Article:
Calvin cites leadership, vision, collaboration
WILLMAR -- Marv Calvin, 58, is citing what he calls his proven leadership, vision and collaboration as he campaigns for the office of mayor of Willmar in the run-up to the Nov. 4 general election.
WILLMAR - Marv Calvin, 58, is citing what he calls his proven leadership, vision and collaboration as he campaigns for the office of mayor of Willmar in the run-up to the Nov. 4 general election.
Calvin, who served as Willmar’s first full-time fire chief and fire marshal from January 2000 to August 2012 and currently is fire training liaison for the Minnesota State Colleges and Universities System via Ridgewater College, is running for the four-year office currently held by Mayor Frank Yanish who is not seeking re-election.
It is imperative, according to Calvin, that a sense of leadership, trust and respect among the mayor’s office, City Council, administration and community at large be restored.
“I believe the city of Willmar needs change at the mayoral level. We need proven leadership. We need proven vision and we need proven collaboration. I bring all those things to the table,’’ Calvin said in an interview.
Calvin said he has the respect of citizens and wants to bring Willmar back to the regional center that it once was: providing leadership not only to Willmar citizens, but also to the region because he said the city’s employment base comes from outside the city.
“We have a huge catchment base of people coming in to be employed here, so what affects Willmar affects a lot of people,’’ he said.
Calvin said he will bring people together by first finding out what they have in common. He said elected citizens are committed to the best of the community, but said they each have a different way of looking at things.
“We have to get back to what they all believe in as that common piece,’’ he said. “Then you have to set goals and some visioning and that’s where my proven experience in that will help because I’ve done that on the state, region, county and local levels.’’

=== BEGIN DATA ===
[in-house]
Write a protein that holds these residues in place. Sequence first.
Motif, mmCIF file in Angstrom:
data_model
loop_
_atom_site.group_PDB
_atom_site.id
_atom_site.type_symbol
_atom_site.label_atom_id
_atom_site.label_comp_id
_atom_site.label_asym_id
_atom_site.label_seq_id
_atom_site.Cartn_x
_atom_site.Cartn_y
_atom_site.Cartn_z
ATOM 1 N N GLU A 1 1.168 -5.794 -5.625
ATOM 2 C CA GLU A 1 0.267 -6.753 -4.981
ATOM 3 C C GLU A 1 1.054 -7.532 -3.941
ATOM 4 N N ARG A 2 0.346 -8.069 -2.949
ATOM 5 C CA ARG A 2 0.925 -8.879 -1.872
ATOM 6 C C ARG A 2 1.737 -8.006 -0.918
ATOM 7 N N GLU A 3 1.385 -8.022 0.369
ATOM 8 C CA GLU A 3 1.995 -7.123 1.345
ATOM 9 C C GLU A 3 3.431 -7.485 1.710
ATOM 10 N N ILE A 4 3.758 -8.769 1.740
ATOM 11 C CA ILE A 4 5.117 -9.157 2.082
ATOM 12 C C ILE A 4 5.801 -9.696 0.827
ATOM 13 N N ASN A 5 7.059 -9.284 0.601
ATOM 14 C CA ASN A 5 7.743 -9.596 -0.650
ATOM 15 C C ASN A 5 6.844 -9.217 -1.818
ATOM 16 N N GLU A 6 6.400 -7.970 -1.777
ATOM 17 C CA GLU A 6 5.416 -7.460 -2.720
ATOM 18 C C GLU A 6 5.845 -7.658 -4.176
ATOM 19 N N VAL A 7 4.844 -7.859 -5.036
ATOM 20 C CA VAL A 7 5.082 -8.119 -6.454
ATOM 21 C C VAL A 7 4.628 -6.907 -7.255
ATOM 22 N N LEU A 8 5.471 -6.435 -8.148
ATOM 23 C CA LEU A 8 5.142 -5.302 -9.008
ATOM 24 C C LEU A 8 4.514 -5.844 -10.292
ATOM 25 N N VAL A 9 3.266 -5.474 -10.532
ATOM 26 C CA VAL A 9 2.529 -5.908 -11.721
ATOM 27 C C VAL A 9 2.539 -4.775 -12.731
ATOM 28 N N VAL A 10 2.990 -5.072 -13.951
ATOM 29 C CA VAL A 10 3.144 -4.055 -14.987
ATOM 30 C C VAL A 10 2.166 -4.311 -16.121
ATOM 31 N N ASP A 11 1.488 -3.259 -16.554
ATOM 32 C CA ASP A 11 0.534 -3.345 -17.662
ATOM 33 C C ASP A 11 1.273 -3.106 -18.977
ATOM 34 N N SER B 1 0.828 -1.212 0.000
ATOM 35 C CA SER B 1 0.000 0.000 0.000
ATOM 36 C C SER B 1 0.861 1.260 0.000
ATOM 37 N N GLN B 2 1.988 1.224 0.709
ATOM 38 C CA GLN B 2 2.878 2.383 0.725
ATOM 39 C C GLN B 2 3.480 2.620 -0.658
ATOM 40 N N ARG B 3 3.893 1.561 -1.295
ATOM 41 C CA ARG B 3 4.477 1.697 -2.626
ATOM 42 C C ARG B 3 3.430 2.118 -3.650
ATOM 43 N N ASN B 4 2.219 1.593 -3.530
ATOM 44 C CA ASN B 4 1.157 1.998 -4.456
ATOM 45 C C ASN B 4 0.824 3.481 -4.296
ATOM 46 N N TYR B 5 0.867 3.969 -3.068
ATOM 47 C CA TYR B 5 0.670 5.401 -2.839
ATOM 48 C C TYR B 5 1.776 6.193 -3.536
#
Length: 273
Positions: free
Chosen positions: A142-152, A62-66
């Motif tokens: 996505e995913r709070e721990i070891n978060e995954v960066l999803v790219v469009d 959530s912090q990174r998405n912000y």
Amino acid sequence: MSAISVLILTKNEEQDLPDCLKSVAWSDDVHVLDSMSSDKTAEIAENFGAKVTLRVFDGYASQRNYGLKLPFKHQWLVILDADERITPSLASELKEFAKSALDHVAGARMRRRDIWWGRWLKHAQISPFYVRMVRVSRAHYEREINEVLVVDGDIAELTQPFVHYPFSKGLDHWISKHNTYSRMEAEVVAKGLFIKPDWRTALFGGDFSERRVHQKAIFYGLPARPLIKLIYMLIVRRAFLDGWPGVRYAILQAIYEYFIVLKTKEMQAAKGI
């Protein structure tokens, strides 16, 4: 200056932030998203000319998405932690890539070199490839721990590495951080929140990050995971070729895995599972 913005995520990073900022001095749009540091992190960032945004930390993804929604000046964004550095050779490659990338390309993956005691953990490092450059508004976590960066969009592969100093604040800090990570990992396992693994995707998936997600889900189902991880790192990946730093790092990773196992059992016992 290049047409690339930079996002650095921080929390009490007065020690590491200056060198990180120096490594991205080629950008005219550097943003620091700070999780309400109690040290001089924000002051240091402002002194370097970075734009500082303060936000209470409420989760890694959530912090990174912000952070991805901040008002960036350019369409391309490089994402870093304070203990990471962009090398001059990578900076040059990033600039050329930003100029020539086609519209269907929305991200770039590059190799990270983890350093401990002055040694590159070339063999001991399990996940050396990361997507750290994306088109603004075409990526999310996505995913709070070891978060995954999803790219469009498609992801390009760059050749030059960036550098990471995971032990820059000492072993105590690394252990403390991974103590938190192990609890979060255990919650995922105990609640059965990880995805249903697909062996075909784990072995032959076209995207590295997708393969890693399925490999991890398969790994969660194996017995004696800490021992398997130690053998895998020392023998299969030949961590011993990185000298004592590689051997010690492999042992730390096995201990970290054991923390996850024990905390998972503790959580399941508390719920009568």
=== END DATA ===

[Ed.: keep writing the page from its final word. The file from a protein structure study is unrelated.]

Through his leadership, Calvin said, a 13th college campus was added to the 12 campuses in the MnSCU fire training program.
“By working with others, we recaptured the market share we had lost,’’ he said.
Calvin said neither of his two opponents “can hold a candle to me’’ in qualifications, public service and giving back to the community. Calvin serves on 10 different boards or commissions - some more active than others - and he and his wife, Ginna, are very involved in the community.
Also, Calvin said he has 18 years of experience of reviewing and submitting city budgets. Calvin said he understands how city budgets work inside and out, and said he has much more knowledge on how to run a city budget than his two opponents.
“I know how to expand and contract city budgets as are needed,’’ Calvin said. “I’m fiscally conservative. I have worked with different mayors, councils and city managers. I know different styles. I know how to bring the strength out in each of those.’’
Calvin said he would like to see a full staffing study done to look at what city staff does, make sure the people working in those positions are the right people for those jobs, and make sure the services that citizens expect are being covered.
“I think we’re doing a good job at that. But until we do an in-depth analysis, I bet we really won’t know the answer. When you hire a consultant and he gives you an opinion, there probably is at least one thing you could pull out of the document and improve the organization by following this recommendation,’’ he said.